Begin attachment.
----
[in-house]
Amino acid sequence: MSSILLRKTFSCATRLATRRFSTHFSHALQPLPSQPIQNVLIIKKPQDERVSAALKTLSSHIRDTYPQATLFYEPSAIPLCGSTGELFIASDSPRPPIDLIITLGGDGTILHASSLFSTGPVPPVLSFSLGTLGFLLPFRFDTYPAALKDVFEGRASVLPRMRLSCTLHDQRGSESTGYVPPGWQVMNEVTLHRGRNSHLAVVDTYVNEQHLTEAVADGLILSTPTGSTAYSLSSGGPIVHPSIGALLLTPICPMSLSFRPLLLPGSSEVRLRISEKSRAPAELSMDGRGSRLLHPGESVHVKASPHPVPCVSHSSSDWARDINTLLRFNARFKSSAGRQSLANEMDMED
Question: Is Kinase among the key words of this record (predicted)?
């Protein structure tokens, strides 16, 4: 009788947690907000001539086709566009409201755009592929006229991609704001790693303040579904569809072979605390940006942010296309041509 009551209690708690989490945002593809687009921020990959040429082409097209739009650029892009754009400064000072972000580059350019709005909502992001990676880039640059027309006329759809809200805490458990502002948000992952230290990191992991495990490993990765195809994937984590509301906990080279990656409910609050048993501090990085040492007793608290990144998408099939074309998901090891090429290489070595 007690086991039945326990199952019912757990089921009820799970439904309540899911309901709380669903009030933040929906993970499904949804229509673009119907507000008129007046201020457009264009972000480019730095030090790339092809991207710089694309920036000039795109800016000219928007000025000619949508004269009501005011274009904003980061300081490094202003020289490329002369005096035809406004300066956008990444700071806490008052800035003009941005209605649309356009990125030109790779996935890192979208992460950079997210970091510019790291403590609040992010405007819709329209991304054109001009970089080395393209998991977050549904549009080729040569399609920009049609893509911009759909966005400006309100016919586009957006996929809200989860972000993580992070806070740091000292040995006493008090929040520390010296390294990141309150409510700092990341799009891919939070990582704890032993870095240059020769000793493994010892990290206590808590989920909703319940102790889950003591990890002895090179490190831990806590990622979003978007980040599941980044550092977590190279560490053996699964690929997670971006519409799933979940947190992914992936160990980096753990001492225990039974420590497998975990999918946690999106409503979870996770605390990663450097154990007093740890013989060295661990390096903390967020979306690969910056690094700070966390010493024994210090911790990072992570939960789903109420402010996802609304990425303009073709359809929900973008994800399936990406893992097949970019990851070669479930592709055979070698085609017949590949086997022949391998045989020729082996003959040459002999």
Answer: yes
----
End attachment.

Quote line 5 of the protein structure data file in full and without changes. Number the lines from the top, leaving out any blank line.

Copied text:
Answer: yes